According to the National Institute of Dental and Craniofacial Research, 5-12%
of adults worldwide have problems and pain related to the temporomandibular joints (TMJ) in their jaws. Women seem to be affected more often than men, and younger adults tend to experience more pain.
A TMJ disorder can create a wide variety of sometimes surprising symptoms. Dana J. Rockey, DMD, is an expert dentist at South County Sleep Solutions in Newport Beach, California, who focuses on wellness-based dentistry.
Here he discusses what a TMJ disorder is, what symptoms your misaligned jaw might cause, and how we can help you find relief.
A healthy TMJ moves smoothly
Each TMJ connects your jawbone to your skull, just under the level of your ear. When your TMJ is healthy, you can easily and smoothly open your jaw to speak, sing, yawn, or chew. You can also move it from side to side without pain or catching.
However, if you have a TMJ disorder, sometimes incompletely referred to as TMJ, your jaw may click or pop when you open or close it. You might also have trouble fully opening your jaw due to pain or limited mobility.
TMJ disorders affect your entire face
When your TMJ isn’t working properly, it can cause a variety of symptoms that affect your entire facial region. Some common symptoms of a TMJ disorder include:
- Jaw or facial pain
- Ear pain
- Tinnitus (ear ringing)
- Shoulder pain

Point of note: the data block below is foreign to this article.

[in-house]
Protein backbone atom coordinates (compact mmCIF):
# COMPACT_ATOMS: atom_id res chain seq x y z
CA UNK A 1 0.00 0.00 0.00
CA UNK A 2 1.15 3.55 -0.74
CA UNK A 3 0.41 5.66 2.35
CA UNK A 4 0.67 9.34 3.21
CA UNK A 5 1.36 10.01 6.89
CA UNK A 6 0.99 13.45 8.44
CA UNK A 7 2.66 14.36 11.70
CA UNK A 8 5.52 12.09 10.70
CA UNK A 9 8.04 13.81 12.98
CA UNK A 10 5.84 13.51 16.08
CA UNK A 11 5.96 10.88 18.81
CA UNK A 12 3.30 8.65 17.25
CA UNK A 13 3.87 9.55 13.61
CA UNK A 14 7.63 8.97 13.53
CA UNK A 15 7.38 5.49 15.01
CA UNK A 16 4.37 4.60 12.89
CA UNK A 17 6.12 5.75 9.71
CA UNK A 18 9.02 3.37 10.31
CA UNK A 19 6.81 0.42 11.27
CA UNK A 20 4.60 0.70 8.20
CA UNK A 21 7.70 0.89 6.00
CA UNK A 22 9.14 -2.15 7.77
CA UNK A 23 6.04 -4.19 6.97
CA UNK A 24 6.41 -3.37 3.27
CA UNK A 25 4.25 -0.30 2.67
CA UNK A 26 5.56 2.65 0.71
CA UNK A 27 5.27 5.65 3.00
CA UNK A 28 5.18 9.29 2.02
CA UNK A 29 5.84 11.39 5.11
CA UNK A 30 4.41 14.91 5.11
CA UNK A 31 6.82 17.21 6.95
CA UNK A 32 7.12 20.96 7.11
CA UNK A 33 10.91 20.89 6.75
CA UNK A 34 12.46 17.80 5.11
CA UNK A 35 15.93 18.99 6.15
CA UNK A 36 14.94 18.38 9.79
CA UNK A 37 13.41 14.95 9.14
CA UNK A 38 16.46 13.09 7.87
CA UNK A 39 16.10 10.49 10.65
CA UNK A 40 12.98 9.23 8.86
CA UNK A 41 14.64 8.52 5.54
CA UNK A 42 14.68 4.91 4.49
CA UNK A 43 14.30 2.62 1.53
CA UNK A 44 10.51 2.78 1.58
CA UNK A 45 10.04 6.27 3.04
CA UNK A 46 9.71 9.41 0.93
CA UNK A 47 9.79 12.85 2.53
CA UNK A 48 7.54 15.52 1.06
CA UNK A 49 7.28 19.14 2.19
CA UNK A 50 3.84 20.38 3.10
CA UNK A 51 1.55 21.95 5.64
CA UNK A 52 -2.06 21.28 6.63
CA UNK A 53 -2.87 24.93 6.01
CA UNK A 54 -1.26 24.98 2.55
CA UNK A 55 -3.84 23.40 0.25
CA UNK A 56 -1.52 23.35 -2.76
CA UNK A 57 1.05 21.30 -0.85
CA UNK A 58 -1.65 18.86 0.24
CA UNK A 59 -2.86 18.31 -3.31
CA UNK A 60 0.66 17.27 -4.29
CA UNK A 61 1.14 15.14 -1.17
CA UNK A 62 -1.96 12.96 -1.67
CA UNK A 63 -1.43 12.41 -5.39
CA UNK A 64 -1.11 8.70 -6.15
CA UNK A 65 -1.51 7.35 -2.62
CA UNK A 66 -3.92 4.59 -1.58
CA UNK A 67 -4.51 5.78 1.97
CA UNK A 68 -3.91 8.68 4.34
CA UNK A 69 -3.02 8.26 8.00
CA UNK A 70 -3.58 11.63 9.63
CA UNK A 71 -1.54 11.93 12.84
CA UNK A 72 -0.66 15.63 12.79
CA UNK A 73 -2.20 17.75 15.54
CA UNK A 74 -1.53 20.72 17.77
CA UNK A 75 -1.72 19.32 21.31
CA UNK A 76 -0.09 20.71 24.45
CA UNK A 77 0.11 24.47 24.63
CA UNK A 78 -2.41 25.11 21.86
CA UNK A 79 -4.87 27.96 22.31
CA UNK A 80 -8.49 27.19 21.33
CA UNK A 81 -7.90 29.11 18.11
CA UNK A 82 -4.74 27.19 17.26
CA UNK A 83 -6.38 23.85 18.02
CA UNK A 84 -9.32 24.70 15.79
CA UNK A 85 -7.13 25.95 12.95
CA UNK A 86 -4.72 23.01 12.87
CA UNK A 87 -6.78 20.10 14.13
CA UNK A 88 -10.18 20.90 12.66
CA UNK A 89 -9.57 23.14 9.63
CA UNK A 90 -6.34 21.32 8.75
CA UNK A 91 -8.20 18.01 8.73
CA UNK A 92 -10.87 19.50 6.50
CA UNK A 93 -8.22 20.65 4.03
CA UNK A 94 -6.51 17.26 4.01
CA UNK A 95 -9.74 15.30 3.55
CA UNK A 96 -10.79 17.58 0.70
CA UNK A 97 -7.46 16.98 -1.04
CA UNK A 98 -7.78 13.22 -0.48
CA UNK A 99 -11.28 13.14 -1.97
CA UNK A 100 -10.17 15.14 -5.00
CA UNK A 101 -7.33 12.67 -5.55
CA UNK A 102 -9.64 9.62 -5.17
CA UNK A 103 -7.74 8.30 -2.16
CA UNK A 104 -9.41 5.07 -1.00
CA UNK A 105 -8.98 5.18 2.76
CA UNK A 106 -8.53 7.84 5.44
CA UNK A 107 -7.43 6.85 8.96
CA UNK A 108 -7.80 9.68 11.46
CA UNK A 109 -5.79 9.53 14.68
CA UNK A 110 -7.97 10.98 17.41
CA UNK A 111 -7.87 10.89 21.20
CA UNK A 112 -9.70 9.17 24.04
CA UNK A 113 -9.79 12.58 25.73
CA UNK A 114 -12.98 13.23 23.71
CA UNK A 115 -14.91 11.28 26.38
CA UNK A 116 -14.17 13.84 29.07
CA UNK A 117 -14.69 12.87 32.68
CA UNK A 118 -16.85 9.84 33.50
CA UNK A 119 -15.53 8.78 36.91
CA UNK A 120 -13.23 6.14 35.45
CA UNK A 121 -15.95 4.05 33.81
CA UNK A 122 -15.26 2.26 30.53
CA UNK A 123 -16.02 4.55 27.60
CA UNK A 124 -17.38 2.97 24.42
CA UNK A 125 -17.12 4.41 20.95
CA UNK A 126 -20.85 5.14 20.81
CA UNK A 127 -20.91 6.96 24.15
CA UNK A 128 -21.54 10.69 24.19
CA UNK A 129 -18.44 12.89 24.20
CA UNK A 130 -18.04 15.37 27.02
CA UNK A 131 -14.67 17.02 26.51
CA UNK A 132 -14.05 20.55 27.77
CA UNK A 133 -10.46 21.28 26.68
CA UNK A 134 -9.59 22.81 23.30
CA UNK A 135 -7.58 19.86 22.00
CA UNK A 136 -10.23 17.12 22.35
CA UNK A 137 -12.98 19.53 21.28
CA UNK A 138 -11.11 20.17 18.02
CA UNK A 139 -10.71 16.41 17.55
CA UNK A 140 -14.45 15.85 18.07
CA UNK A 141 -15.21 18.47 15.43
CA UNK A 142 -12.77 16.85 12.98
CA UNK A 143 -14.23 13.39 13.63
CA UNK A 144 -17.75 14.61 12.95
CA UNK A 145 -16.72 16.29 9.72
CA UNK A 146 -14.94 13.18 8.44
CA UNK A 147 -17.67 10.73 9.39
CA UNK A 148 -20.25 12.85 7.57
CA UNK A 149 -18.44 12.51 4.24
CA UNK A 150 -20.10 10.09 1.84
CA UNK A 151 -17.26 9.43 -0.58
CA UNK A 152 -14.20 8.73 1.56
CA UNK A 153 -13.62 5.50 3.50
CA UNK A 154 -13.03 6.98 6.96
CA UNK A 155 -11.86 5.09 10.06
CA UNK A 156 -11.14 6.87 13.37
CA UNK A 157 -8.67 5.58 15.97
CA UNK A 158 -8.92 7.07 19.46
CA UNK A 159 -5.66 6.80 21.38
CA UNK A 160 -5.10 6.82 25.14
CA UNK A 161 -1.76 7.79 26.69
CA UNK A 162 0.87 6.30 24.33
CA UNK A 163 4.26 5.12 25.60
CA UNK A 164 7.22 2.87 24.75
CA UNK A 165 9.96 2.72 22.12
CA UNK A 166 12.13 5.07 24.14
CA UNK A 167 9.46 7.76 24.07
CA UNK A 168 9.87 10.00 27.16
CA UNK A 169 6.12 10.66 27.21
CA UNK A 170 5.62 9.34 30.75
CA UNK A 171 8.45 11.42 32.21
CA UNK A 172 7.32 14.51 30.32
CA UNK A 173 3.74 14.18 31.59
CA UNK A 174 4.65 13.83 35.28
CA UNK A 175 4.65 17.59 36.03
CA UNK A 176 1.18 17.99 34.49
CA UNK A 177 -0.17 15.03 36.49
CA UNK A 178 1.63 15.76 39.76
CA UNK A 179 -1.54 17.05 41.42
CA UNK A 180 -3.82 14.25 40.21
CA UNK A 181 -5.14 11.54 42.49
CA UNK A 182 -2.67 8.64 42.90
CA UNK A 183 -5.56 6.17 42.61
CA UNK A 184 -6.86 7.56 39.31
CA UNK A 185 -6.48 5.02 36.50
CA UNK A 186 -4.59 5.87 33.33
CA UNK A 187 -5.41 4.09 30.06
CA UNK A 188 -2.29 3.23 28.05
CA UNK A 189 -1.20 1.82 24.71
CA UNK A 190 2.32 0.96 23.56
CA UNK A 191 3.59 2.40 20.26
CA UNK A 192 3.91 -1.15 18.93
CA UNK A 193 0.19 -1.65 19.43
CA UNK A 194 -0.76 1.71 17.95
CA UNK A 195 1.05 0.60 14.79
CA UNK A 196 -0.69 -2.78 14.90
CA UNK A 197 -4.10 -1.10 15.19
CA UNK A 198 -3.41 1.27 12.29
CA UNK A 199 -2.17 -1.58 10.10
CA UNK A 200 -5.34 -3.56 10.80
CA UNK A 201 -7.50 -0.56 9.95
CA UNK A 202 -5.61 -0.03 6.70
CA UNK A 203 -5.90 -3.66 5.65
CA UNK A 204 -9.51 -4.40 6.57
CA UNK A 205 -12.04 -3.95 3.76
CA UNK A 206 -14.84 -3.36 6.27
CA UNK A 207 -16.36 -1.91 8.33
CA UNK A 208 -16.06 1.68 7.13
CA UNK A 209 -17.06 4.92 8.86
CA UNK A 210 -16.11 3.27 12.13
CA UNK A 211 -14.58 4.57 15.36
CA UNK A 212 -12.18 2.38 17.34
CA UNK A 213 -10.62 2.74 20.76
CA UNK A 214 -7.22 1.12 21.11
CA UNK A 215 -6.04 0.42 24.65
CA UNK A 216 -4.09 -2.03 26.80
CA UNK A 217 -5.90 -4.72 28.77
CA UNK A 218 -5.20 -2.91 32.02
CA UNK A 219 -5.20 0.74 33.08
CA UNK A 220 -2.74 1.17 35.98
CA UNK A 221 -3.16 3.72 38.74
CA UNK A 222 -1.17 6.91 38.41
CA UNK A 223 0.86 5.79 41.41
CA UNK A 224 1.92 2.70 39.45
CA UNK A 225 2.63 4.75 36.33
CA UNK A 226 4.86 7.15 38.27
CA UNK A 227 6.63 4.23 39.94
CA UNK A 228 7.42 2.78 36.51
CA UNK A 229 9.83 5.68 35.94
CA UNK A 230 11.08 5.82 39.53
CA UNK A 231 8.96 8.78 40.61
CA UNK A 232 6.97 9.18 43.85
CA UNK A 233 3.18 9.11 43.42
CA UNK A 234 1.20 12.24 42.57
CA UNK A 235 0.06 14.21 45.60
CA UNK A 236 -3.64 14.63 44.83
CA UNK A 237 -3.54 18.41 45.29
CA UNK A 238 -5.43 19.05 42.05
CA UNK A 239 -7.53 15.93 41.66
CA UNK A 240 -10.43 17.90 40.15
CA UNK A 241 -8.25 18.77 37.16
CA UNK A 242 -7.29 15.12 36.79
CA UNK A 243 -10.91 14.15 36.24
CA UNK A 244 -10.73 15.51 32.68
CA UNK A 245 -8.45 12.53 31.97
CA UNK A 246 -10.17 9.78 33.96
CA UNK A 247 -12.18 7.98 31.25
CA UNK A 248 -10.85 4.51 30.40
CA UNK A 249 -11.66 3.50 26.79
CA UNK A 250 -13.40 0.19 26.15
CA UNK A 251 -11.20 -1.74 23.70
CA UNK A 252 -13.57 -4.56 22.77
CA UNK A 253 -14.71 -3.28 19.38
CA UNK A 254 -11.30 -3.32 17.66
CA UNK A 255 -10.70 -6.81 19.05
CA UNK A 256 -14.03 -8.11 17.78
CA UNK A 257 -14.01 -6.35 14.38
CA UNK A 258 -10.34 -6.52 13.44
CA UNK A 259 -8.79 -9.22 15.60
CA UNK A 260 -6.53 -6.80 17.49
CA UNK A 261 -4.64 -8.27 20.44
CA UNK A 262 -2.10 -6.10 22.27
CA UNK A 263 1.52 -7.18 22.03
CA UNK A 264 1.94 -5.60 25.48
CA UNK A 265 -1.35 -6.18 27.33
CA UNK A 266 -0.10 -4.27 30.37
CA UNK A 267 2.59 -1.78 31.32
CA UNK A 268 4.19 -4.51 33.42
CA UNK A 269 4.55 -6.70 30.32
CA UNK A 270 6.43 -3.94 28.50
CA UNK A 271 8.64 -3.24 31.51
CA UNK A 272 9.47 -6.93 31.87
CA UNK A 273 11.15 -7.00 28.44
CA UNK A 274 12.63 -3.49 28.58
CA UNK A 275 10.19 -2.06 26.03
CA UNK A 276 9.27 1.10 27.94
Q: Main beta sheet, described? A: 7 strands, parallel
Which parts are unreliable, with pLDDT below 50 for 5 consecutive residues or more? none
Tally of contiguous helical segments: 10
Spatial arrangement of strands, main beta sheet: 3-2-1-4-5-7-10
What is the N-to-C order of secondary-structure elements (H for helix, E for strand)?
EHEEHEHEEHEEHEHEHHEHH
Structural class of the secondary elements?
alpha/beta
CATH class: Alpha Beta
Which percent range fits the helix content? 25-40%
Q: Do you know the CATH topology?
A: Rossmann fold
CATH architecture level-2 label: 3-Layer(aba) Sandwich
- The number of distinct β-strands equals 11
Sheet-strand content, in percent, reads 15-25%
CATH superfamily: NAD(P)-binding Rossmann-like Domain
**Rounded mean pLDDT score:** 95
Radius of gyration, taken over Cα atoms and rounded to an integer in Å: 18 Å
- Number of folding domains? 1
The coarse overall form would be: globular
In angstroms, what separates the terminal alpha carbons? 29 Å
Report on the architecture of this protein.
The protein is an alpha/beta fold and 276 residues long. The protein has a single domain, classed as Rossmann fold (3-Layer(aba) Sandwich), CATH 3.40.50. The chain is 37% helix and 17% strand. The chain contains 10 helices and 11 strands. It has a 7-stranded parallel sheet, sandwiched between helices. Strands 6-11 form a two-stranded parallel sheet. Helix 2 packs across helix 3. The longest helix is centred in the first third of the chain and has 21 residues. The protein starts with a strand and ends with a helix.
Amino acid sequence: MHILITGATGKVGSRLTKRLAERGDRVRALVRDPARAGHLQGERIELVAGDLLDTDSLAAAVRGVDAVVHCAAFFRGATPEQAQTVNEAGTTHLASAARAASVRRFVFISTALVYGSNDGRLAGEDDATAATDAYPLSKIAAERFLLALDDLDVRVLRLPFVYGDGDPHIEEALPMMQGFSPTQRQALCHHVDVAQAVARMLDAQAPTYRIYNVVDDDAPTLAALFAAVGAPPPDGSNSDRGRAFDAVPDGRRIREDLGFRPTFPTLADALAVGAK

- Difficulty chewing
If you have chronic pain or bruxism associated with a TMJ disorder, you may also have trouble sleeping. Feeling fatigued throughout the day is a dangerous symptom that puts you at increased risk for accidents and serious illnesses, including heart attack and stroke.
Why you have a TMJ disorder
Unfortunately, TMJ doesn’t have the same cause for everyone. You may have been born with a slight misalignment in your jaw that’s gotten worse over time.
You might also have suffered an accident, such as whiplash, that stressed your jaw and interfered with its proper alignment. Grinding your teeth at night, a condition known as bruxism, or even clenching your jaw when you’re under pressure can also contribute to a TMJ disorder. Osteoarthritis in your TMJ can cause or exacerbate pain and dysfunction.
How to treat TMJ
Dr. Rockey takes a holistic, supportive approach to all dental and sleep issues, including TMJ disorder. To get a full picture of why your TMJ isn’t functioning properly, he takes X-rays and conducts a thorough dental examination. He also evaluates the range of motion of your jaw and checks your teeth for evidence of bruxism.
His goal is to resolve your symptoms and improve the health of your TMJ without invasive procedures, such as surgery. Instead, he may recommend treatments such as:
- Relaxing your jaw
- Over-the-counter anti-inflammatories
- Over-the-counter pain relievers
- Physical therapy to strengthen your jaw
- Oral appliance to stop bruxism
- Nutrients to support jaw health
An oral appliance also helps you sleep better if you snore excessively or have obstructive sleep apnea.
Why you should treat TMJ
If your TMJ is mild and doesn’t cause symptoms, you may not need any treatment. However, if you have trouble opening or closing or jaw, or if you suffer from bruxism, your TMJ could worsen over time and cause serious jaw damage.
For TMJ evaluation and treatment, contact the friendly team at South County Sleep Solutions by calling 949-642-4632 or using the online booking form today.